The Renunciation Act
The Renunciation Act
In the Declaratory Act of 1719 the British parliament had asserted the right to legislate for Ireland. Repeal of that act was part of the constitutional settlement of 1782. During the following year, in response to continuing Patriot complaints that repeal of offensive legislation was not abandonment of the claims made therein, the British parliament went further and renounced the right to make laws binding on Ireland.
AN ACT FOR PREVENTING AND REMOVING ALL DOUBTS WHICH HAVE ARISEN, OR MIGHT ARISE, CONCERNING THE EXCLUSIVE RIGHTS OF THE PARLIAMENT AND COURTS OF IRELAND, IN MATTERS OF LEGISLATION AND JUDICATURE; AND FOR PREVENTING ANY WRIT OF ERROR OR APPEAL FROM ANY OF HIS MAJESTY'S COURTS IN THAT KINGDOM FROM BEING RECEIVED, HEARD AND ADJUDGED, IN ANY OF HIS MAJESTY'S COURTS IN THE KINGDOM OF GREAT BRITAIN
Whereas, by an act of the last session of the present parliament, entitled An act to repeal an act made in the sixth year of his late majesty, King George the first, entitled, An act for the better securing the dependency of the kingdom of Ireland upon the Crown of Great Britain, it was enacted, that the last mentioned act, and all the matters and things therein contained, should be repealed: And whereas doubts have arisen whether the provisions of the said act are sufficient to secure to the people of Ireland the rights claimed by them to be bound only by laws enacted by his majesty and the parliament of that kingdom, in all cases whatever, and to have all actions and suits at law or in equity, which may be instituted in that kingdom, decided in his majesty's courts therein finally, and without appeal from thence: therefore, for removing all doubts respecting the same, . . . be it declared and enacted . . . that the said right claimed by the people of Ireland, to be bound only by laws enacted by his majesty and the parliament of that kingdom, in all cases whatever, and to have all actions and suits at law or in equity, which may be instituted in that kingdom, decided in his majesty's courts therein finally, and without appeal from thence, shall be, and is hereby declared to be established and ascertained for ever, and shall at no time hereafter be questioned or questionable.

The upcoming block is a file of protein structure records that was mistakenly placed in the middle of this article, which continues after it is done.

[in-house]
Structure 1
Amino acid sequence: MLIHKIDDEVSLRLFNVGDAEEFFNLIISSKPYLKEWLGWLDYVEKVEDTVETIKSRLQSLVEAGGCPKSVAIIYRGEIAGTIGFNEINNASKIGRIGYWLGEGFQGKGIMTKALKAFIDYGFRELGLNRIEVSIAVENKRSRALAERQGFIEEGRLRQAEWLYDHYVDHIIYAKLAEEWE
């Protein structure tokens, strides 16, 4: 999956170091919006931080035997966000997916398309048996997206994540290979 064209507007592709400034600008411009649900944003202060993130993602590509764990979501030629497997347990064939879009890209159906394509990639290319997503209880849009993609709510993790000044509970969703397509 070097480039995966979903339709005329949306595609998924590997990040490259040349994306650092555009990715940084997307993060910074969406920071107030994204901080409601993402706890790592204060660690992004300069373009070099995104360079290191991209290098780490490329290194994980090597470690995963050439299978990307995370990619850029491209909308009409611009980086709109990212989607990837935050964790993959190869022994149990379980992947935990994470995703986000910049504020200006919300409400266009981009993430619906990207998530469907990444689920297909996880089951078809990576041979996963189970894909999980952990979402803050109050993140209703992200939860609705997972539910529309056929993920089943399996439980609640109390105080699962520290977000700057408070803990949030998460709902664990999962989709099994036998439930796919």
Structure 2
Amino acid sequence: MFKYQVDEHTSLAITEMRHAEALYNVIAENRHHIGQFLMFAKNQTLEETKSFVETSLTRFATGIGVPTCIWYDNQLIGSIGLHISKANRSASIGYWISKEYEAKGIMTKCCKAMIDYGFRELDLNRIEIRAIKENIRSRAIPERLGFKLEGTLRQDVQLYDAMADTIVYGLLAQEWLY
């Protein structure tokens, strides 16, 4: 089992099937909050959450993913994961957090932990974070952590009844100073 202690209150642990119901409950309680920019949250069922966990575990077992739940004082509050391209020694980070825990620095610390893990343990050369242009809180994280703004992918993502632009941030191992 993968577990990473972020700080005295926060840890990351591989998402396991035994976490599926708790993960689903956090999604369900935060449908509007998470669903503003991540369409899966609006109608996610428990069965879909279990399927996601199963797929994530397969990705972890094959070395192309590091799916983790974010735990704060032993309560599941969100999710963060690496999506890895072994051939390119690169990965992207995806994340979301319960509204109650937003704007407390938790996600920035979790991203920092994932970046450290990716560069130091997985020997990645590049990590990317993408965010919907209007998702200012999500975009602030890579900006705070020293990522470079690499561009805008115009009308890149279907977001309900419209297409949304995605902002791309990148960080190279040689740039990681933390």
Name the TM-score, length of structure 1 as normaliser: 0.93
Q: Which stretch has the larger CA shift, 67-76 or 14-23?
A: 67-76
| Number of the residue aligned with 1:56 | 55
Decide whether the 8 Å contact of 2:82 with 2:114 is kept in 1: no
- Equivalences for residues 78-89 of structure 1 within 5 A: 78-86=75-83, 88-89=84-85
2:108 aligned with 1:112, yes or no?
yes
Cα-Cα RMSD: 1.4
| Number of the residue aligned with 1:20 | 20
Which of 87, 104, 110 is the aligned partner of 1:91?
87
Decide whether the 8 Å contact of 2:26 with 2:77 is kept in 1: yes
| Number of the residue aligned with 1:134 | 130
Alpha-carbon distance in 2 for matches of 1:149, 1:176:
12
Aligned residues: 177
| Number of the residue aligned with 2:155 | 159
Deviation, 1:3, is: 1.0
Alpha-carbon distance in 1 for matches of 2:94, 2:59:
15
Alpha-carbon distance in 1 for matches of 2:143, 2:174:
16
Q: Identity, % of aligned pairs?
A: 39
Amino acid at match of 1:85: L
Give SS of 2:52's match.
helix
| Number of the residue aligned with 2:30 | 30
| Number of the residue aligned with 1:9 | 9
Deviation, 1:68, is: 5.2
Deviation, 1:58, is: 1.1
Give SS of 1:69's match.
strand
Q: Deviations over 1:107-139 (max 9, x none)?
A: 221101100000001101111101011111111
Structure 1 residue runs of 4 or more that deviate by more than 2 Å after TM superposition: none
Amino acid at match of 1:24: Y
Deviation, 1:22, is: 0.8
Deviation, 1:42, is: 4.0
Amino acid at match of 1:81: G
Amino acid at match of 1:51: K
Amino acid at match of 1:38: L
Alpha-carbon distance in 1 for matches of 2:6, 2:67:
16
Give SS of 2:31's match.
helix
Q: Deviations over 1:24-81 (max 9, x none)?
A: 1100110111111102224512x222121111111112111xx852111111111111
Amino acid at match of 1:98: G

II. And be it further enacted . . . that no writ of error or appeal shall be received or adjudged, or any other proceeding be had by or in any of his majesty's courts in this kingdom, in any action or suit at law or in equity, instituted in any of his majesty's courts in the kingdom of Ireland; and that all such writs, appeals or proceedings, shall be, and they are hereby declared, null and void to all intents and purposes; and that all records, transcripts of records or proceedings, which have been transmitted from Ireland to Great Britain, by virtue of any writ of error or appeal, and upon which no judgment has been given or decree pronounced before the first day of June one thousand seven hundred and eighty two, shall, upon application made by or in behalf of the party in whose favour judgment was given or decree pronounced, in Ireland, be delivered to such party, or any person by him authorised to apply for and receive the same.
The Statutes at Large of England and of Great-Britain: From Magna Carta to the Union of the Kingdoms of Great Britain and Ireland(1811), vol. 8, p. 226.